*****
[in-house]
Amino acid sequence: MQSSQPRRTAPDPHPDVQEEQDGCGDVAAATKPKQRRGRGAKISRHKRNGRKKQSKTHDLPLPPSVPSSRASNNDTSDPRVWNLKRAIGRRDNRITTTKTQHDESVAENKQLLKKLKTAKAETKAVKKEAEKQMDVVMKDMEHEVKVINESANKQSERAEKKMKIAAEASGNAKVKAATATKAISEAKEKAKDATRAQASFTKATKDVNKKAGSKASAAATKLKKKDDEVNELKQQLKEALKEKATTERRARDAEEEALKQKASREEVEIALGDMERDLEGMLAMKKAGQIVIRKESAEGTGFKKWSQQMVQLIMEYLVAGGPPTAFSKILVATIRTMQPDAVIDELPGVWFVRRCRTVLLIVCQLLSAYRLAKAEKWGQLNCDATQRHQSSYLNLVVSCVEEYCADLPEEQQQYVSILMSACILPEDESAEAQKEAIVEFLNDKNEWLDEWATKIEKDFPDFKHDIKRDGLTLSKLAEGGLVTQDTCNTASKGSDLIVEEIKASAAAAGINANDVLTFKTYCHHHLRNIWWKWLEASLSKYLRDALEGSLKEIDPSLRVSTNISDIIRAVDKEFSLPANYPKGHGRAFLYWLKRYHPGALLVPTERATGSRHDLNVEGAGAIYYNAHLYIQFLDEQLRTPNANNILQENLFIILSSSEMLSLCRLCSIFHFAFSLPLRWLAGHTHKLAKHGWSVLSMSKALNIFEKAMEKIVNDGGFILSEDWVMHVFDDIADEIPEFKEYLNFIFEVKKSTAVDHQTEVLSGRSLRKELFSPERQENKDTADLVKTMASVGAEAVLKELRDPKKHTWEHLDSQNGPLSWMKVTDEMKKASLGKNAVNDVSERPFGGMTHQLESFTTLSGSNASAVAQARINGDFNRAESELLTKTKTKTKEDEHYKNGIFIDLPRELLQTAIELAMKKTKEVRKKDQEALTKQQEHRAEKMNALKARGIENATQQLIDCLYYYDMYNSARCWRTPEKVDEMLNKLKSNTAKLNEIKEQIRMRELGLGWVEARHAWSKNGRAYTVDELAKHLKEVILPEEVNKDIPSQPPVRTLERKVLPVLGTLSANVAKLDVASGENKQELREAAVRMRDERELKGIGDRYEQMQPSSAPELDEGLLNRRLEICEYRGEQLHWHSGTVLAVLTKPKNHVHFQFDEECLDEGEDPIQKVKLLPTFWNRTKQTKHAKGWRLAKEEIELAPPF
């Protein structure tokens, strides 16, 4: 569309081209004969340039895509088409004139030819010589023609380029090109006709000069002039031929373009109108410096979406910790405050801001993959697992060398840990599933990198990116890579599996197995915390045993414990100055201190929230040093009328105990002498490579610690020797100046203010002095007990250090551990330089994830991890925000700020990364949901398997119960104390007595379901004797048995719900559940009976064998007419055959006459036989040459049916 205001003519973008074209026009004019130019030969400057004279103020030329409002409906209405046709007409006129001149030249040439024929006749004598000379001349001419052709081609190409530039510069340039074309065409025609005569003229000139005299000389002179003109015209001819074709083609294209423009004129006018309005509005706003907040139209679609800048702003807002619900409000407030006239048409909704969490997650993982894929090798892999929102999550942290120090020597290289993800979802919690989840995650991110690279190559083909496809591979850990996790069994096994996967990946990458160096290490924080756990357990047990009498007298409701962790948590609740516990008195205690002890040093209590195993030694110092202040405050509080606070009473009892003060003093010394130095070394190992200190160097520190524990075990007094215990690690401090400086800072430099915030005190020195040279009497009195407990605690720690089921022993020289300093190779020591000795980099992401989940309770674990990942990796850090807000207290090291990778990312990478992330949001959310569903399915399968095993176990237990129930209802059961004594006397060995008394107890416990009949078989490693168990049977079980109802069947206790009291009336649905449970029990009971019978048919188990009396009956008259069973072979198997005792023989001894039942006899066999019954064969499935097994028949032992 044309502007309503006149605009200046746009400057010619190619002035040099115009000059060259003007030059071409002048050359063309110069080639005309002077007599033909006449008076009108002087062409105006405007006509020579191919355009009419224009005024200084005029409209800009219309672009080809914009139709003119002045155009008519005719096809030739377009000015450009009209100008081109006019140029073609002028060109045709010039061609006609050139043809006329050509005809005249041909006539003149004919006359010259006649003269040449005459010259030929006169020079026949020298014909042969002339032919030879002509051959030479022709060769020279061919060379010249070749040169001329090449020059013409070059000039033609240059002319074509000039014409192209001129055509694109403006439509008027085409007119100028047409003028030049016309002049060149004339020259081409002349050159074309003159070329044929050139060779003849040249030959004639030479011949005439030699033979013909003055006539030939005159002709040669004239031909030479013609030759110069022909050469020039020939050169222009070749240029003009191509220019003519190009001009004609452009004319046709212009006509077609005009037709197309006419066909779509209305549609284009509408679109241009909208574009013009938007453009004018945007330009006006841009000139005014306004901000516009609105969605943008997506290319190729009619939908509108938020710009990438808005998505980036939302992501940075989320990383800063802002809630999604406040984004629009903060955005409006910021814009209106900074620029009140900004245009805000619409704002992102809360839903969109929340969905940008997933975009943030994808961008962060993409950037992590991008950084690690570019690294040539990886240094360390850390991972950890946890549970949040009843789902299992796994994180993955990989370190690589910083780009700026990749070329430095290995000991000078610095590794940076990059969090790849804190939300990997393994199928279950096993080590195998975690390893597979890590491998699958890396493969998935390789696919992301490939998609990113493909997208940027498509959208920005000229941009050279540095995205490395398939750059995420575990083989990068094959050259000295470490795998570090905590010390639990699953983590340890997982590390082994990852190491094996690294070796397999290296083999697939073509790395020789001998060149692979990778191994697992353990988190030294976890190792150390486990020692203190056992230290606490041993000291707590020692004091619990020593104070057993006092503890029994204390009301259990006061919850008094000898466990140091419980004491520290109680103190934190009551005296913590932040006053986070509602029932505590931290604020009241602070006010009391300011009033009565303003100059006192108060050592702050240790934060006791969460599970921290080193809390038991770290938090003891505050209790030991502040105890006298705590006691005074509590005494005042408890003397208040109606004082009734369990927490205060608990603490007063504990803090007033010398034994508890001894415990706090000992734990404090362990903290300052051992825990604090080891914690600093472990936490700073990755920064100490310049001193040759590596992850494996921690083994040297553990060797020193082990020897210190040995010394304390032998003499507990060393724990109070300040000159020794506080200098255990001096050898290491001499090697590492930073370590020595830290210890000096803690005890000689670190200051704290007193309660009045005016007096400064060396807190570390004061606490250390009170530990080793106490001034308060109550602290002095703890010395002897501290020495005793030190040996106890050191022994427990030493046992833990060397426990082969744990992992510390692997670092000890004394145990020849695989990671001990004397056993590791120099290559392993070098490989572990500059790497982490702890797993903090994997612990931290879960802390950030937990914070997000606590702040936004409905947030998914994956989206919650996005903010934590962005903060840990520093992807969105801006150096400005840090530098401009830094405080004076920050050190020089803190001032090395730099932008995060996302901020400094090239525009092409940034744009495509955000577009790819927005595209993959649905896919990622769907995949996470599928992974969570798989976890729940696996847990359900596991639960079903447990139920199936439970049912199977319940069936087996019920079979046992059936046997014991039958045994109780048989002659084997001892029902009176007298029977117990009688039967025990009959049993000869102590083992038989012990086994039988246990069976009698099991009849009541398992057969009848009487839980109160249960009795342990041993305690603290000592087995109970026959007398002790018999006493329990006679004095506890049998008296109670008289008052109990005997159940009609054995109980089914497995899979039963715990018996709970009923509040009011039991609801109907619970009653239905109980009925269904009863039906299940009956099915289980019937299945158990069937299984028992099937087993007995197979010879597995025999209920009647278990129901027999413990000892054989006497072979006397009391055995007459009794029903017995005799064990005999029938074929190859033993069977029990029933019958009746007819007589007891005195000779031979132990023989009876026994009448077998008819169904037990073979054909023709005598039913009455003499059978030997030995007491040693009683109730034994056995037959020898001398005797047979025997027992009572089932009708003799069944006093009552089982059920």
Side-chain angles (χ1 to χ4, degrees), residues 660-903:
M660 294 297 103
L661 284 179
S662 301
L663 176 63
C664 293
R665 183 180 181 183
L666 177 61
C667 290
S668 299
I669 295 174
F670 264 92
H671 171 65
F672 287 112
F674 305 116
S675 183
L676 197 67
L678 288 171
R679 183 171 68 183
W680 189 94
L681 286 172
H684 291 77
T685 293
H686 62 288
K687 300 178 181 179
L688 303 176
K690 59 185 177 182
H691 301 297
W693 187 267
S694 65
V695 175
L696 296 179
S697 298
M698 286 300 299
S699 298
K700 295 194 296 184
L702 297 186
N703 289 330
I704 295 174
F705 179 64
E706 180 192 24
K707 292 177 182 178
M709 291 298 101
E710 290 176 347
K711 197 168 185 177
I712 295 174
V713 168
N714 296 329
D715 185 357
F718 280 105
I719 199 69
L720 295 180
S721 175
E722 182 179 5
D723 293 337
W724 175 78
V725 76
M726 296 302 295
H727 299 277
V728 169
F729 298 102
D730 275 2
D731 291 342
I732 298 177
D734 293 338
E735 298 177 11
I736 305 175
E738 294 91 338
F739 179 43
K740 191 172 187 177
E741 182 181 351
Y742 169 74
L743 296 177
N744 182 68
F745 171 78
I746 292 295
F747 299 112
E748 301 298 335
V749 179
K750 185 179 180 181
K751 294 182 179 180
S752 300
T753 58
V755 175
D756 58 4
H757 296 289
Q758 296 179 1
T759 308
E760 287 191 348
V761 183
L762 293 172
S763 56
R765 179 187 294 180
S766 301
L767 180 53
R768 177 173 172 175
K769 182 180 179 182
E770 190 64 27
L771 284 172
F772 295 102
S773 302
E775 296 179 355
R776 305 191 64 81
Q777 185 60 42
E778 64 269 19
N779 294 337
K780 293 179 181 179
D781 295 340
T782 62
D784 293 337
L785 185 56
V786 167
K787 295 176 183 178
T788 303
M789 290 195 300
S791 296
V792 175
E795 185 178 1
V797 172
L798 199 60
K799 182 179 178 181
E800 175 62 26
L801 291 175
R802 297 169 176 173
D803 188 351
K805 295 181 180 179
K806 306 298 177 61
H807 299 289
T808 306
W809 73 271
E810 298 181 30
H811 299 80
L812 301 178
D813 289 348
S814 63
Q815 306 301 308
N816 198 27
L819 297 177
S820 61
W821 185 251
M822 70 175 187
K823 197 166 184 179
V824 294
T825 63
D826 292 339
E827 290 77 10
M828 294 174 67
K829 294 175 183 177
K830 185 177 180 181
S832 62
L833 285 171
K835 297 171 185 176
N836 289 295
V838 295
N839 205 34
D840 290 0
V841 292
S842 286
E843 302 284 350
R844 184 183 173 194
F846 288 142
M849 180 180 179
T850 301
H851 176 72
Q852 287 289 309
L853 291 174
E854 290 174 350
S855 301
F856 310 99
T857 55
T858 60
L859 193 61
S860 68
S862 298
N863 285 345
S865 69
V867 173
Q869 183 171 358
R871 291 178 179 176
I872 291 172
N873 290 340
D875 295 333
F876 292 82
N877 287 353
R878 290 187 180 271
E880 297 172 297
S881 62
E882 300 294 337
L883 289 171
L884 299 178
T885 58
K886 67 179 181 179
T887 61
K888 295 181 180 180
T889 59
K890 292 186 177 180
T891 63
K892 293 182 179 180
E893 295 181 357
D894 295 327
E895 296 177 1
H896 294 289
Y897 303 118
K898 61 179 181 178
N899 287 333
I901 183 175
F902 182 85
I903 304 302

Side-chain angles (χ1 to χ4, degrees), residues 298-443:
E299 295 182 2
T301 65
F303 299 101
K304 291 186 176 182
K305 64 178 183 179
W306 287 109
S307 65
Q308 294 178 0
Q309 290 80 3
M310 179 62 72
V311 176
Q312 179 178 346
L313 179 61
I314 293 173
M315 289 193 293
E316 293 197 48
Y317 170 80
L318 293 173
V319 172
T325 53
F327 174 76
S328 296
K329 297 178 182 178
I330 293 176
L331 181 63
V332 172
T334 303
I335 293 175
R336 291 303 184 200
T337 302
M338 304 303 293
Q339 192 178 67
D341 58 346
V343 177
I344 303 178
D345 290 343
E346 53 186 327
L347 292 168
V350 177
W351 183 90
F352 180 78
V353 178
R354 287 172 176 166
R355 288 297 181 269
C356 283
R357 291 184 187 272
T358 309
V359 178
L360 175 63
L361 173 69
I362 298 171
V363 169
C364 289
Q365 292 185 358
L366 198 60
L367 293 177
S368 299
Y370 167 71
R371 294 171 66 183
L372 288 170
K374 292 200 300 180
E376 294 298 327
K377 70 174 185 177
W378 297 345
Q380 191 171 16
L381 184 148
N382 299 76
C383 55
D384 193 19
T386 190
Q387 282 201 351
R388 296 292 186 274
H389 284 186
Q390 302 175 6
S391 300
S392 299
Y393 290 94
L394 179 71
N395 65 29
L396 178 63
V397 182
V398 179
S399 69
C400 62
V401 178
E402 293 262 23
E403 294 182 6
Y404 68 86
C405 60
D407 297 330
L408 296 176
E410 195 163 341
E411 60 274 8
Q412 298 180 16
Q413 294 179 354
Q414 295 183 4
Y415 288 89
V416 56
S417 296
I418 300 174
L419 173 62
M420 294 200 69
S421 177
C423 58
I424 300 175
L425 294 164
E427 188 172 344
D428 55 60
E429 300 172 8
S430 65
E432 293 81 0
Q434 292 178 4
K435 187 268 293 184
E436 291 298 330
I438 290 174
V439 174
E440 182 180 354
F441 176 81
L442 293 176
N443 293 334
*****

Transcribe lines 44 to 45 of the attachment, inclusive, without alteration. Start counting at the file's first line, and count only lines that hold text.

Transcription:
E706 180 192 24
K707 292 177 182 178